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Tomorrowland Taps Lawo mc² for Boundless Flexibility and Reach

Tomorrowland
Bart Ooms used Lawo’s mc² to manage audio feeds the Tomorrowland 2022 Summer Music Festival. (Image credit: Knallen Maar!)

ANTWERP, Belgium—Tomorrowland, one of the largest electronic music festivals in the world, held its 2022 Summer edition during the last three weekends in July. As a service provider for production companies, public and private broadcasters and top-tier events, we were asked by Euro Media Group (EMG) to take care of the “Mainstage” sound for TV broadcasts and radio streams from a big OB truck stationed behind the main stage. 

While some people might think Tomorrowland is just another EDM festival with simple left and right stereo feeds from the DJ booths and a few ambient mics, the Tomorrowland team continuously strives to surpass itself. 

This year’s three weekends (Friday, Saturday, Sunday) were among the most complex music events on the planet for audio and video distribution. We used about 180 input channels on our mc²56 console to handle the sources coming from the main stage. Three other stages were connected to their own dedicated mc²56-equipped OB truck, and the remaining 12 stages provided at least five audio channels consisting of the DJ outputs, ambience microphones and a voice mix for radio purposes. 

Yet another big OB truck with a large mc²56 desk served as the main transmission and distribution hub.

Distribution Path
Around 60 audio channels (music, vocal and ambient mics) were ingested using Lawo’s DALLIS I/O stageboxes and CCUs. These lines were sent to the console inputs and processed with delay for perfect sync to the slowest camera input. Effects were added using the WAVES VST plug-in server on the console and outboard gear such as a TC Electronics System 6000.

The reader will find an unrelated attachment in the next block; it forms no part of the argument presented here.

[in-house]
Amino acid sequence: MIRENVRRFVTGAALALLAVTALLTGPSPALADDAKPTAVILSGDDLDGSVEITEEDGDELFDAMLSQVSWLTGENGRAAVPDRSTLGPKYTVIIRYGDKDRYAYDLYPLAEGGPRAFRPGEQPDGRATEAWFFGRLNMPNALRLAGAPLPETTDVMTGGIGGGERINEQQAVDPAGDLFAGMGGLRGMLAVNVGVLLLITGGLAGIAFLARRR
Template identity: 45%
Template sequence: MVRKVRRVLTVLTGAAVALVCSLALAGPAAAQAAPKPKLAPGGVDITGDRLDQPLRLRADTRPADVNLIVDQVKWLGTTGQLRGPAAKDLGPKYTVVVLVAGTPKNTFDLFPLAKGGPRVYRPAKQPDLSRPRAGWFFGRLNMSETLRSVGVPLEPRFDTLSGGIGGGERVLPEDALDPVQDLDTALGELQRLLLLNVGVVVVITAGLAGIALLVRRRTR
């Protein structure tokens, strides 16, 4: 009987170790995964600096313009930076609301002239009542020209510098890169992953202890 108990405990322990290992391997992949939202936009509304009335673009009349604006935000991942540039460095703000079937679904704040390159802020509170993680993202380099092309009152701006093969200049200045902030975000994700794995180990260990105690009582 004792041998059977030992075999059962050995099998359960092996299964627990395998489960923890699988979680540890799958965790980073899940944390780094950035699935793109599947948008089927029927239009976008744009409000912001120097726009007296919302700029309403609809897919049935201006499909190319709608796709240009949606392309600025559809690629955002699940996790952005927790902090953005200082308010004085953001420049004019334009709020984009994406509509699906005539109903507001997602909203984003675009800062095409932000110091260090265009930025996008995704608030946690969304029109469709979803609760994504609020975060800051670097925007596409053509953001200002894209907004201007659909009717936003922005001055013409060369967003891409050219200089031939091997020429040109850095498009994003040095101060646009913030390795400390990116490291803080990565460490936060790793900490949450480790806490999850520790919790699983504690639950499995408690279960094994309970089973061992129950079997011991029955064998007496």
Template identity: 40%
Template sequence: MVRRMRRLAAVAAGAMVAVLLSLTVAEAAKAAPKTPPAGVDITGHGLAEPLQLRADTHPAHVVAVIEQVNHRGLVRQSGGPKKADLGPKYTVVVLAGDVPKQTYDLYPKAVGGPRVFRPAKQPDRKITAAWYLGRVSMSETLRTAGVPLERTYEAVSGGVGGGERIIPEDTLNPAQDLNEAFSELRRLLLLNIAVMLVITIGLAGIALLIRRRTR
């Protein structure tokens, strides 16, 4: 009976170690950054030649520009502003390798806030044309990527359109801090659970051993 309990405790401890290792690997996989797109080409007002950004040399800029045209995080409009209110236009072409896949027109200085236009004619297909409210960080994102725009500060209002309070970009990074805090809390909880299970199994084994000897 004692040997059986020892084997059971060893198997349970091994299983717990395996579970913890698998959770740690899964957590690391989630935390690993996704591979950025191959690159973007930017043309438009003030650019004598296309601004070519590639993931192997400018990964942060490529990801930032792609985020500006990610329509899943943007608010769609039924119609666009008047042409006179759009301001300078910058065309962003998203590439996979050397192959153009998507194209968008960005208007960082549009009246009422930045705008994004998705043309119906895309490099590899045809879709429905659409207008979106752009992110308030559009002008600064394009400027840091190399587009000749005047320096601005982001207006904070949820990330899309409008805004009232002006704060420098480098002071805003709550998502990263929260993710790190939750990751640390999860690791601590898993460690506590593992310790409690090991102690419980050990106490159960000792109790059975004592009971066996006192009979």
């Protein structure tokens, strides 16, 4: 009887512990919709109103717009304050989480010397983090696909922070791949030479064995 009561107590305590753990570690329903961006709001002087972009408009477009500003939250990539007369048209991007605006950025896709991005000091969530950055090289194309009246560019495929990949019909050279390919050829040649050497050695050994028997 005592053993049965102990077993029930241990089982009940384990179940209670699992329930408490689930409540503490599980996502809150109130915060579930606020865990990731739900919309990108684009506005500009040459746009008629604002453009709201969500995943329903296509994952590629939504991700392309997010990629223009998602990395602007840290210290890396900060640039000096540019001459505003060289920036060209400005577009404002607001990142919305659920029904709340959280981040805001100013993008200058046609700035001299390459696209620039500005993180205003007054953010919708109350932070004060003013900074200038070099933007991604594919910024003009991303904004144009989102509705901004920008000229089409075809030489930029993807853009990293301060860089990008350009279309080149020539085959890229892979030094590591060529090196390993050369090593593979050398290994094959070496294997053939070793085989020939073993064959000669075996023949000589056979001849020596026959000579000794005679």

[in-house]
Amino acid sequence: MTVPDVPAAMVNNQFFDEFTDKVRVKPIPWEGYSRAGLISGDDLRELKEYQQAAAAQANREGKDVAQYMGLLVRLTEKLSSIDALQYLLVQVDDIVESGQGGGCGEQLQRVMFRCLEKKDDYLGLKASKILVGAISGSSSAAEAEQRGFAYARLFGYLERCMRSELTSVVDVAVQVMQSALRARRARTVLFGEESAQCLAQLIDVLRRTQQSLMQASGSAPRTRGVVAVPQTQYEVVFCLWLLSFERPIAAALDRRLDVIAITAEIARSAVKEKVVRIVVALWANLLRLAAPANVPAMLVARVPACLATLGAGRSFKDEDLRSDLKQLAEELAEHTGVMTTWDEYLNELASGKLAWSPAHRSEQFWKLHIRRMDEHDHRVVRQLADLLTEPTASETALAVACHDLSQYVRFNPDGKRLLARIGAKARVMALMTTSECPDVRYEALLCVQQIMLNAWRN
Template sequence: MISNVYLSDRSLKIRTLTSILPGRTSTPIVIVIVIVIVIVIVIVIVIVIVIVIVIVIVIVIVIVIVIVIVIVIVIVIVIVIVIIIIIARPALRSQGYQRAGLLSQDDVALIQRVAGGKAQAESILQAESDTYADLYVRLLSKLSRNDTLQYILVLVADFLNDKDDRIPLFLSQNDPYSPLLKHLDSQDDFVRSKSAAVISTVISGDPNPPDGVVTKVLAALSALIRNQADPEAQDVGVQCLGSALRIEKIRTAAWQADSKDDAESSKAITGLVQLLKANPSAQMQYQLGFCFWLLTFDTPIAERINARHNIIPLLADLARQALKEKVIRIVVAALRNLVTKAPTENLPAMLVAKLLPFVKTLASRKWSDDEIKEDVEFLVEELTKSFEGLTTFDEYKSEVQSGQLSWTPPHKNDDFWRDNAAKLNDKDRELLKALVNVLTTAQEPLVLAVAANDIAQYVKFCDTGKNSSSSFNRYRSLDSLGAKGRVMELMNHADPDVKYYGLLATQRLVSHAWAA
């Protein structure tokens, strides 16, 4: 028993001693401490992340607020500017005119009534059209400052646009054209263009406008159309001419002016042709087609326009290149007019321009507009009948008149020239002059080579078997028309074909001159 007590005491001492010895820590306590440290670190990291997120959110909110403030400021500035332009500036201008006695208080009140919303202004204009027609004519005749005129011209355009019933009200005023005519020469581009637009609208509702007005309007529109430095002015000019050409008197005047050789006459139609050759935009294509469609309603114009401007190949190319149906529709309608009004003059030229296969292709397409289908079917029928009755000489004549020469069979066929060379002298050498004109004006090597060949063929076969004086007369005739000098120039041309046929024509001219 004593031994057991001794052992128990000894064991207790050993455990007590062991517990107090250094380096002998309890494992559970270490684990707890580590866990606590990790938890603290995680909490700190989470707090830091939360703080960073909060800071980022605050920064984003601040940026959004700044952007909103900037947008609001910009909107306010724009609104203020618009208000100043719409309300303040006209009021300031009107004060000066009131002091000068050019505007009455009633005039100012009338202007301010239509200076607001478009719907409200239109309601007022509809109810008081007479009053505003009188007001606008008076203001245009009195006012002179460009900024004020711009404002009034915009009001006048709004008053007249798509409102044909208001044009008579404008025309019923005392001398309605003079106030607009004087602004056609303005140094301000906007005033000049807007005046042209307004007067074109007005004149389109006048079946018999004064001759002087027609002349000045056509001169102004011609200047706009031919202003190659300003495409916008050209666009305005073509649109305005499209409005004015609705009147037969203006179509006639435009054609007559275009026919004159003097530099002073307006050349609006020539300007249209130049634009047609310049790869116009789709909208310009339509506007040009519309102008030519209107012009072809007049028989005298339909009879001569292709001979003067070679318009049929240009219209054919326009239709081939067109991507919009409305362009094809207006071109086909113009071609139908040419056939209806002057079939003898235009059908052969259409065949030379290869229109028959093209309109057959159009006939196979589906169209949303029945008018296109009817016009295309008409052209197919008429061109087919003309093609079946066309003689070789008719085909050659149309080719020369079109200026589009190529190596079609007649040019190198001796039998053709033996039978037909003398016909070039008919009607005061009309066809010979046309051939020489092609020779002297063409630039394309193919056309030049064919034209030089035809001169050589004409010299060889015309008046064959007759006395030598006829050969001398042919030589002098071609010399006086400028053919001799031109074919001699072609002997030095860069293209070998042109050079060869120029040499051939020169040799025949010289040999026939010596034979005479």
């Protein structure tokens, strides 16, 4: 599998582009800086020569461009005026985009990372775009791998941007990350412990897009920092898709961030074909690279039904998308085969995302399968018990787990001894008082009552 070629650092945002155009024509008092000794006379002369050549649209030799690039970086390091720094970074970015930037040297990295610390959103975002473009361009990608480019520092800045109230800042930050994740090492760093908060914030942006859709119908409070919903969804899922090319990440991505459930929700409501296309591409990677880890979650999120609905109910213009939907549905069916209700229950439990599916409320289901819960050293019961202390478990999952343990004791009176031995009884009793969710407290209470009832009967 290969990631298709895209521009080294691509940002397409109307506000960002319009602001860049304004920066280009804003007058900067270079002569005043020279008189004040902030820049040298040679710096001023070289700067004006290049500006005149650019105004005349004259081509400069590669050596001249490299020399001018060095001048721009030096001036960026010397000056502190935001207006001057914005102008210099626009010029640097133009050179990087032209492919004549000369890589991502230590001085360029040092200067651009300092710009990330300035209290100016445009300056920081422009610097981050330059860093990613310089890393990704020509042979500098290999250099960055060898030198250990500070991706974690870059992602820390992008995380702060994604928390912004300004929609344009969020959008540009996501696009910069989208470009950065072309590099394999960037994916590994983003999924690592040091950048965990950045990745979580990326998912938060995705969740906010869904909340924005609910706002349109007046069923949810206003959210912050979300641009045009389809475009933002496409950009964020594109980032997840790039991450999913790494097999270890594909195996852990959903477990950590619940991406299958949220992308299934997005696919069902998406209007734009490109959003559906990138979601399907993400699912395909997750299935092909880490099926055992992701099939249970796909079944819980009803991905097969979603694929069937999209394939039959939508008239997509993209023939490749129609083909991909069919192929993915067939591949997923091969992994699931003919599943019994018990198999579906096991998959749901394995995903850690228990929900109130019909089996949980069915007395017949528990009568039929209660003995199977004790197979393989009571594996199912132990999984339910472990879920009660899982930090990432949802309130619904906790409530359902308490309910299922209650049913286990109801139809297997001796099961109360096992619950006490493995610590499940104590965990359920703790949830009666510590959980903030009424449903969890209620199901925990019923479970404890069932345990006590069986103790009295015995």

All incoming audio signals, summing and group busses were furthermore recorded using three separate multitrack computers: for archiving purposes on the Media Village server, as backup and for artists who had requested a recording of their live performances. 

Most of the close-camera microphones were mixed using the mc²56’s AFV feature (audio follows video) to perfectly match the fast video cutting approach for up-tempo music. Audio signals were assigned to a dozen summing and group busses and routed to the designated video recording devices and V__pro8 embedders via VSM. From there, the signals went to the final control room at the Media Village over an external high-speed audio network. 

Dolby Atmos
We also used this network to transmit and receive audio signals to/from the Dolby Atmos control room where the immersive mix was prepared on yet another mc²56 console. That control room received our main ambience mix and additional FX microphone signals. The Dolby Atmos mix stems were transmitted back to the OB truck behind the main stage for Dolby Atmos encoding and decoding. 

We used several V__pro8 devices to de-embed these signals and send them to the mc²56 where they were mixed—along with the required commercials—into the main transmission busses, again using the AFV algorithm. We embedded the resulting bus signals using a V__pro8 and transmitted the result to the main control room at the Media Village.  

All audio signals from all stages were mixed and distributed as stems and groups from the mc²56 and processing core and handed over to Belgian radio stations and the rest of the world. 

What I like most about Lawo mc² consoles—apart from their pristine sound—is the flexibility, endless routing capabilities, modular layout possibilities, and the divine user interface. I just love that central console window! The signal window is really intuitive and clutter-free, which is a big help in complex routing scenarios. No “cross-point view” for me, please… just show me the sources and destinations, and I’m happy.  

For more information, contact Lawo at 888-810-4468 or visit https://lawo.com.

Bart Ooms started out as an intern at Motormusic Studios in Belgium and then joined Alfacam, first as an audio assistant and then as audio chief. After Alfacam’s demise, he went on to head DB Video’s audio department, simultaneously working at five Tomorrowland editions as guarantee engineer in charge of audio and intercom for the broadcast department. He is currently the CEO of Belgian-based Knallen Maar!